MN spoils our quest to understand homology, and turns biology into a fruitless enterprise, by taking away explanatory options in the face of unexpected findings. Maybe the reason we see the “same” regulatory gene in the developmental pathways of flies, squid, and mice is that the DNA sequence represents an intelligently-caused module, which a designer can re-deploy if he so chooses in globally different systems. The module appears the “same” (i.e., exhibits sequence similarity) not because of common descent, but because of its functional role of binding DNA — just as the character strings “read,” “common,” “turns,” “friend,” and “geek” show up as the “same” as lower-level modules here, in this article, as they would in a young adult paperback novel your teenager might peruse in the van on the way to summer camp. Same words (functional modules) but used in wholly different higher-level contexts.

That’s quite reasonable, might even be true, and yet is forbidden by MN. That is bad news for science, and bad news for human understanding. Still — Shubin is a charming writer, tells a good story, and will shower you in amusing details. SAR is worth a look. —Paul A. Nelson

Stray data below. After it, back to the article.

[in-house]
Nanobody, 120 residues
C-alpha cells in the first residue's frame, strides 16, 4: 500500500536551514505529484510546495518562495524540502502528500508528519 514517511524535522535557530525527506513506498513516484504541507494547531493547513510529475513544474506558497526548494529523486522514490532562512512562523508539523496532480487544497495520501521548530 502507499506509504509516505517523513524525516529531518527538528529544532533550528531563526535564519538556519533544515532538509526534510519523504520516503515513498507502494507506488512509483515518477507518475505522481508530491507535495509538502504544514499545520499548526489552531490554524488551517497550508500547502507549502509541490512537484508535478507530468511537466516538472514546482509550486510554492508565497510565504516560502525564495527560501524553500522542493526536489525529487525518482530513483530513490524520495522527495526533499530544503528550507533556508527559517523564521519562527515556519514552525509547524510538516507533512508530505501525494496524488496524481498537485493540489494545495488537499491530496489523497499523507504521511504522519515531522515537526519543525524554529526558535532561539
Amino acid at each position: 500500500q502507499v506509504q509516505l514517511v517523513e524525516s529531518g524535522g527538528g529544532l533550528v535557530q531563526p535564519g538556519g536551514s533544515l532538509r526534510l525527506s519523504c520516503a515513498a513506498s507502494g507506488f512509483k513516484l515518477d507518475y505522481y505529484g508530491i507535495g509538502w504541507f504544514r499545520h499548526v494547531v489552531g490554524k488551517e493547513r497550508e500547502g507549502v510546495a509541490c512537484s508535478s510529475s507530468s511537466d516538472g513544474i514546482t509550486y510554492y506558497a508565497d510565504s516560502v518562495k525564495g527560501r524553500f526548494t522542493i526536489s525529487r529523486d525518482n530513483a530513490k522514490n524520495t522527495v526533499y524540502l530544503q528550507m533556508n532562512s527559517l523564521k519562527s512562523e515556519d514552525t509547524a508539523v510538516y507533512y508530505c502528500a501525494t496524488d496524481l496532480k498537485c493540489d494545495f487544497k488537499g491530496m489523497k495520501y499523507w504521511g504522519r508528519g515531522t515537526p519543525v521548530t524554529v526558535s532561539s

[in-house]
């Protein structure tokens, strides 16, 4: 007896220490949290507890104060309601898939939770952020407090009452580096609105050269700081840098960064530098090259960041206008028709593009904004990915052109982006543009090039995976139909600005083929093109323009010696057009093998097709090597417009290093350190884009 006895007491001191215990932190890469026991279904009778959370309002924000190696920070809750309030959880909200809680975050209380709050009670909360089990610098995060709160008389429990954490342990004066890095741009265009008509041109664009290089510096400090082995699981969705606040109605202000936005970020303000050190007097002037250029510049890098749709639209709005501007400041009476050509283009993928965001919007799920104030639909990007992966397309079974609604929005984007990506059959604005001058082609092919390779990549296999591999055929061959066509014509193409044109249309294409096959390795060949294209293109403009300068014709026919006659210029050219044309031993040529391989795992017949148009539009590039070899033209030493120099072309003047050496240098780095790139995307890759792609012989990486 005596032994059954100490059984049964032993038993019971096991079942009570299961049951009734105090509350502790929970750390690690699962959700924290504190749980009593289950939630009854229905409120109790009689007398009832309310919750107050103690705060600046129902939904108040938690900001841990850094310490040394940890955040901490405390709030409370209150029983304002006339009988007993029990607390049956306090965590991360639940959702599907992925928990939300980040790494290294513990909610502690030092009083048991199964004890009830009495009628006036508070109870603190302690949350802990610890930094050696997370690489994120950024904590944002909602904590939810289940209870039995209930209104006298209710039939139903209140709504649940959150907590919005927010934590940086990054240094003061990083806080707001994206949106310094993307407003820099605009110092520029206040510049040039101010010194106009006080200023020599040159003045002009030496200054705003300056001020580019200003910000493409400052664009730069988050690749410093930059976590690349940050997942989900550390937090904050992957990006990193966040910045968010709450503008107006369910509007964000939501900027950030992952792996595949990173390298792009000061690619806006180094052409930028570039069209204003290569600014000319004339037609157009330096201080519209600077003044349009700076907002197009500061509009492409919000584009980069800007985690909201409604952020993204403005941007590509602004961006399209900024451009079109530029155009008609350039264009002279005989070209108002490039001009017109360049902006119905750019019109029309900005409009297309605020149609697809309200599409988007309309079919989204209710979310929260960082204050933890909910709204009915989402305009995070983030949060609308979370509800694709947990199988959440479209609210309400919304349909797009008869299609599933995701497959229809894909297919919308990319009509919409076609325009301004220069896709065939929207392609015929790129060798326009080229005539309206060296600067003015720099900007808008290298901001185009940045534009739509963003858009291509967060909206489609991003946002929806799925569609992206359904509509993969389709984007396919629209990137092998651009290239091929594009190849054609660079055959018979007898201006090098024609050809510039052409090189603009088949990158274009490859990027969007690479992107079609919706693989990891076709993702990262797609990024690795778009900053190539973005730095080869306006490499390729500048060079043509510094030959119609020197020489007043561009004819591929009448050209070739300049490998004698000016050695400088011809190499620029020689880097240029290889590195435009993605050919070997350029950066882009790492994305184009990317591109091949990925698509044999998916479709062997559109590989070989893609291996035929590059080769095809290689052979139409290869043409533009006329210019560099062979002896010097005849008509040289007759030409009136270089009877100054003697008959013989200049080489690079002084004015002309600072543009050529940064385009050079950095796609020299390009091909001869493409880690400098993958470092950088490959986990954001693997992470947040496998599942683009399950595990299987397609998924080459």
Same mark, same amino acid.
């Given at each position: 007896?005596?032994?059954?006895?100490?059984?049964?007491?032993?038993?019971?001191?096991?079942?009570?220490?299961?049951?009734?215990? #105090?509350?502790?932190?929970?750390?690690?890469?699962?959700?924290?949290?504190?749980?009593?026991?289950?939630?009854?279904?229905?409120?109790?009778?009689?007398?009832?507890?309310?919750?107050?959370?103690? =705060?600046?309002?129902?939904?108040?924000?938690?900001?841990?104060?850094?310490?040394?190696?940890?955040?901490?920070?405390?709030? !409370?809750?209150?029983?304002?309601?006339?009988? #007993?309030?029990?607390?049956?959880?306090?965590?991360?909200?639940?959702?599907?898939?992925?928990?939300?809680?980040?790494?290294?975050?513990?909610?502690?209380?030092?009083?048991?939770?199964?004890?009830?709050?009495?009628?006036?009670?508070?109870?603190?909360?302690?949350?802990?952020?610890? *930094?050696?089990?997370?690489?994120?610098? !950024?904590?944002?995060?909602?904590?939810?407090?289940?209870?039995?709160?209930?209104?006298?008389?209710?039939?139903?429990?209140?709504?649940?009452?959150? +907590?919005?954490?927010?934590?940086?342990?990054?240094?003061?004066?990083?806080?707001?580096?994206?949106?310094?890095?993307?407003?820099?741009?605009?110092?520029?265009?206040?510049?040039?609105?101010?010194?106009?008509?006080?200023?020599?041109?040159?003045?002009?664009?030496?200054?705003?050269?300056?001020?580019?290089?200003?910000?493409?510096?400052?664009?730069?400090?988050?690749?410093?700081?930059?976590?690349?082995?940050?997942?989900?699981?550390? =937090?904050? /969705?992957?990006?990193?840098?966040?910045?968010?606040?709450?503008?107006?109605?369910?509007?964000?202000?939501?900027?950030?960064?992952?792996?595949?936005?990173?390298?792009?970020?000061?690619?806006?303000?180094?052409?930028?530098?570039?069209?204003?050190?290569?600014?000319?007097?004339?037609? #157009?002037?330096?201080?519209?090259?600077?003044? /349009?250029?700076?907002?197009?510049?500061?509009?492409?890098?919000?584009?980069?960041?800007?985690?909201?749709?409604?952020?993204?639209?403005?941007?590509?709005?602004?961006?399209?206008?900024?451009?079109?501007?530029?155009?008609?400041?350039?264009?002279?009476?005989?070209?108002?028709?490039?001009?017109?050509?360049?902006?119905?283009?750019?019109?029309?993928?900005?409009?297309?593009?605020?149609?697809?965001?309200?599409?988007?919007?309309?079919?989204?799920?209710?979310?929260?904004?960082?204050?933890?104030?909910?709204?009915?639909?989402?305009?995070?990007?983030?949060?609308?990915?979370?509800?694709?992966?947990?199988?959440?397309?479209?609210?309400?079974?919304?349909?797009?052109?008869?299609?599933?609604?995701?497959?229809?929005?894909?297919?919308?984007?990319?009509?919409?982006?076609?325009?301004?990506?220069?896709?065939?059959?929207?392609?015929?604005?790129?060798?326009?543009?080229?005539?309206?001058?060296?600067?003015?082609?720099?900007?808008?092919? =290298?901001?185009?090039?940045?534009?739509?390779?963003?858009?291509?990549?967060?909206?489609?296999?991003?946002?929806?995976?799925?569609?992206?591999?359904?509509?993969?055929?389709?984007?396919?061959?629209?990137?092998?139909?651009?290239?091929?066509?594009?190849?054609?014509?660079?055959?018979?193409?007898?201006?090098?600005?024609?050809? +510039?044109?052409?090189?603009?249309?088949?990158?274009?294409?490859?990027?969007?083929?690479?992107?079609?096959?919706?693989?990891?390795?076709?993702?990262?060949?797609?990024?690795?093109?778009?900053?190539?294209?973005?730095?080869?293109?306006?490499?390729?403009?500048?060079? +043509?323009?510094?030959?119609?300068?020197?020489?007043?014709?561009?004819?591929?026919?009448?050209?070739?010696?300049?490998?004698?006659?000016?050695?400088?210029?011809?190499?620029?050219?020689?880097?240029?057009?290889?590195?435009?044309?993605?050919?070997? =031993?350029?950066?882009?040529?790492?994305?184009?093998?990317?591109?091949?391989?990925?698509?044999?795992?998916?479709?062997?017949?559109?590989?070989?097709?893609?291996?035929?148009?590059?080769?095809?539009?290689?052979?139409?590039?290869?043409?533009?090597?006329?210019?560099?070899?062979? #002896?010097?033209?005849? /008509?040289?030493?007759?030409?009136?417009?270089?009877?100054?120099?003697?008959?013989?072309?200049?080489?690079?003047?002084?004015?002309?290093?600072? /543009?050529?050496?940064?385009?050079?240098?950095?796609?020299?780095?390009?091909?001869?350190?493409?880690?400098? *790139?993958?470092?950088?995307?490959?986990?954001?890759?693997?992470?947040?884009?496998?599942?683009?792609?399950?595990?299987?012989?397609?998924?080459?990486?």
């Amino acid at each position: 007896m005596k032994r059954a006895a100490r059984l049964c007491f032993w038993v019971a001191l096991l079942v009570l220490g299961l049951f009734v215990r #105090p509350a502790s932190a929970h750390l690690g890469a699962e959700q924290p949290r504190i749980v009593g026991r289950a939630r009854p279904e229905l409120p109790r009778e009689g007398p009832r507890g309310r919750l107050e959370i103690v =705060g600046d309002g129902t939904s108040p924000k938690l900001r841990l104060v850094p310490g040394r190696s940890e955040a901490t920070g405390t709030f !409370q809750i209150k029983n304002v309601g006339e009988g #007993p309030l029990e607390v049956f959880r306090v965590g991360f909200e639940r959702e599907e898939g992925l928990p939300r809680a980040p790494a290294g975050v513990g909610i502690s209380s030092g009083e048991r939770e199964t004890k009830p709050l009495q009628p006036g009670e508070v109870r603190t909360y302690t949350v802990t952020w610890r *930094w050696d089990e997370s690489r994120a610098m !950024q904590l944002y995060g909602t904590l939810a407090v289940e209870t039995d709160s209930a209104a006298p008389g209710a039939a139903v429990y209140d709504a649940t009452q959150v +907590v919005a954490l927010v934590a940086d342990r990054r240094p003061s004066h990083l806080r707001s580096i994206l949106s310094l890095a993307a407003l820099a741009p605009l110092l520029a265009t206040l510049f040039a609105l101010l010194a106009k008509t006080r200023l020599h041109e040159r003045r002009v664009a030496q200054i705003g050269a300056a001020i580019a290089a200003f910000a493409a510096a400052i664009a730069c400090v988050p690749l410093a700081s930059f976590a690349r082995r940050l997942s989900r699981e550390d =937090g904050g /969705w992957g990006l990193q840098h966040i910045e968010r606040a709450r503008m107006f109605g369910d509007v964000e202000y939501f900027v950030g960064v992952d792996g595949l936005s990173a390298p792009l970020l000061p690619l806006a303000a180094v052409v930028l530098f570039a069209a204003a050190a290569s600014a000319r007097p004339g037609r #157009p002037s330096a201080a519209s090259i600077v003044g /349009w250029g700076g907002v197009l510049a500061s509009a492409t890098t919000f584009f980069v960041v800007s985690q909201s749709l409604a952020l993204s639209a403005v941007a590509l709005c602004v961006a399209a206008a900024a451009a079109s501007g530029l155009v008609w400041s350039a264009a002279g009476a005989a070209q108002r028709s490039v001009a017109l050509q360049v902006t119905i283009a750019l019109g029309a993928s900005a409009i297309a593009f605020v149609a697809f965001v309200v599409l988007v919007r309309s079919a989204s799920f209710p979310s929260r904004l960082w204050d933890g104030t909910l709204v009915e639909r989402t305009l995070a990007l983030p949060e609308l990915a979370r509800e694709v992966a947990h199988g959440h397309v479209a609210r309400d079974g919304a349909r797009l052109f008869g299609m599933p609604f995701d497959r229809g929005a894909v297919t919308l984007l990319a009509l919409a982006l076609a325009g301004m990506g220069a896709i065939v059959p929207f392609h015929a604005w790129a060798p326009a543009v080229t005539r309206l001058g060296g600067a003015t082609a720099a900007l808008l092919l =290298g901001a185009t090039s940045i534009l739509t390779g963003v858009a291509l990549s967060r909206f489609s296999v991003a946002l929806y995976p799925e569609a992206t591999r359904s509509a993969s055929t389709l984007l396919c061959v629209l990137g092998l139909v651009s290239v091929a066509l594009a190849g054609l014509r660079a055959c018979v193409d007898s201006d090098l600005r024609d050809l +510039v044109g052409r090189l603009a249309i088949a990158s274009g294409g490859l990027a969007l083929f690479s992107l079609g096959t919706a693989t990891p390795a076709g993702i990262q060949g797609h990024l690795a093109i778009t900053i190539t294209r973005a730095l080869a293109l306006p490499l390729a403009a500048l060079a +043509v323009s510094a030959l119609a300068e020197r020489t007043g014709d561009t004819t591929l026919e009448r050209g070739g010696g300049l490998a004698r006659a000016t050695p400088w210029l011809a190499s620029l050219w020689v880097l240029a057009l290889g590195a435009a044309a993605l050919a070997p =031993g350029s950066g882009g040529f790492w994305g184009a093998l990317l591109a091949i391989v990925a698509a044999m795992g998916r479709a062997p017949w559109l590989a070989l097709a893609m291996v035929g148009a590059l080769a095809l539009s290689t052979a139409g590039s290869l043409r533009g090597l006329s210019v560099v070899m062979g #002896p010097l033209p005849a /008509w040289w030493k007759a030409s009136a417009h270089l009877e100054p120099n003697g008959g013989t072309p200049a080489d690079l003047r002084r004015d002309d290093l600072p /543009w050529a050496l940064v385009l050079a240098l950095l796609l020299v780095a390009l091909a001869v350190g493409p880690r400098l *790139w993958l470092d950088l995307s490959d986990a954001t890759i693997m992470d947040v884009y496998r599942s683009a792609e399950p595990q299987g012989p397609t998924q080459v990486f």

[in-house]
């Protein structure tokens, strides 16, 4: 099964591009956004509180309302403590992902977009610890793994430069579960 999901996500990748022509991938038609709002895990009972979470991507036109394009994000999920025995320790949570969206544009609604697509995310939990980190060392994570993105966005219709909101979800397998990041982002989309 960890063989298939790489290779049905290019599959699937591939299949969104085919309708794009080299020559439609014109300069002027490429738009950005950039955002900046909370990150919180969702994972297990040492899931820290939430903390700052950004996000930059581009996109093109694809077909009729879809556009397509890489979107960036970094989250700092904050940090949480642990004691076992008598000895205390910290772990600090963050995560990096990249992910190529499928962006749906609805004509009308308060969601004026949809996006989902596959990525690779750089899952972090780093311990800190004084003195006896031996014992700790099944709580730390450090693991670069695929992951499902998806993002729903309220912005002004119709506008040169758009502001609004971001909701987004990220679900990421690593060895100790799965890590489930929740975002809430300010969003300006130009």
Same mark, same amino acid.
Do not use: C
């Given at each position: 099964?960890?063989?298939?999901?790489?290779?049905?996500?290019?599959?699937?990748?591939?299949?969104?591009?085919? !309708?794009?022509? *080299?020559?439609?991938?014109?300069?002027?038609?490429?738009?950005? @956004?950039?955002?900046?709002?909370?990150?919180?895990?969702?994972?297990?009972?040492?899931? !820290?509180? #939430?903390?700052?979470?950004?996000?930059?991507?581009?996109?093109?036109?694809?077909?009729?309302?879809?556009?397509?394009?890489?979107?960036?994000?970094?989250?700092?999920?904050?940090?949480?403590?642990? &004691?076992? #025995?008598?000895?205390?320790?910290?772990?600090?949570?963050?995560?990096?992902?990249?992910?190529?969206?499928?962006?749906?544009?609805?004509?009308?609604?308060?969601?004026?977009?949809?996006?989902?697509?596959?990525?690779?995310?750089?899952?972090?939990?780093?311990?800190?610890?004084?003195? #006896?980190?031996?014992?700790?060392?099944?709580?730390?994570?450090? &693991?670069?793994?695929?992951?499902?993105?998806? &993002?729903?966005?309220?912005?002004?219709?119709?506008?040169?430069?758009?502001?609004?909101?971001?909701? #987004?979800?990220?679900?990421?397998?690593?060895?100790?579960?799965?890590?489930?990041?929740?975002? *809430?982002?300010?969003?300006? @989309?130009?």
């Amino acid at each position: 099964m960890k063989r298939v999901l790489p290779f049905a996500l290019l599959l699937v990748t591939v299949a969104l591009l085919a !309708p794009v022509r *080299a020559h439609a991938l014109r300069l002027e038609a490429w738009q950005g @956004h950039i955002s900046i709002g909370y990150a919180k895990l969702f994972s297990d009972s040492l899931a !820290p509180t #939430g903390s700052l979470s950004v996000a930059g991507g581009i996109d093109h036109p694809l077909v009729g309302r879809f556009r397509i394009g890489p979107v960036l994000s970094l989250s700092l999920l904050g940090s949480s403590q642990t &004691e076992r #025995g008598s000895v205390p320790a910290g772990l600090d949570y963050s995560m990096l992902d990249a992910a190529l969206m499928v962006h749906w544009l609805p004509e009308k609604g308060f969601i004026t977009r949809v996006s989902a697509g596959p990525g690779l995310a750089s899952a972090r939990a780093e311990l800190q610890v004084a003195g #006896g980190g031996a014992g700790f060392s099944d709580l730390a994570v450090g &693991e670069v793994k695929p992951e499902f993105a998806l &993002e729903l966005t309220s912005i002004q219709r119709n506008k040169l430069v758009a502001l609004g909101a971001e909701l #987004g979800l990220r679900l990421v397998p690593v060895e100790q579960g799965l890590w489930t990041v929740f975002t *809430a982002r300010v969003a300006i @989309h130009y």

Paul A. Nelson, PhD, is an adjunct professor in the master’s program in science and religion at Biola University and a fellow of the Center for Science and Culture of the Discovery Institute.


  1. Teaching About Evolution and the Nature of Science (Washington, DC: National Academy Press, 1998), 42.
  2. Read more about what’s wrong with MN in my online essay, “Methodological Naturalism: A Rule That No One Needs or Obeys,” Evolution News and Science Today, September 22, 2014,
  3. Eric Davidson, interview with Ute Deichmann, Developmental Biology 420 (2016): S20–S29; S25.
  4. Neil Shubin, Cliff Tabin, and Sean Carroll, “Deep Homology and the Origins of Evolutionary Novelty,” Nature 457 (2009): 818–23.
  5. For further study, see Jonathan Wells and Paul Nelson, “Homology: A Concept in Crisis’” Origins and Design 18, 2 (1997), Access Research Network, For more in-depth study, see Paul A. Nelson, “Why Building Animals Is Hard: The Logic of Development, Common Descent, and the Origin of Animal Body Plans,” Discovery Institute, May 7, 2020,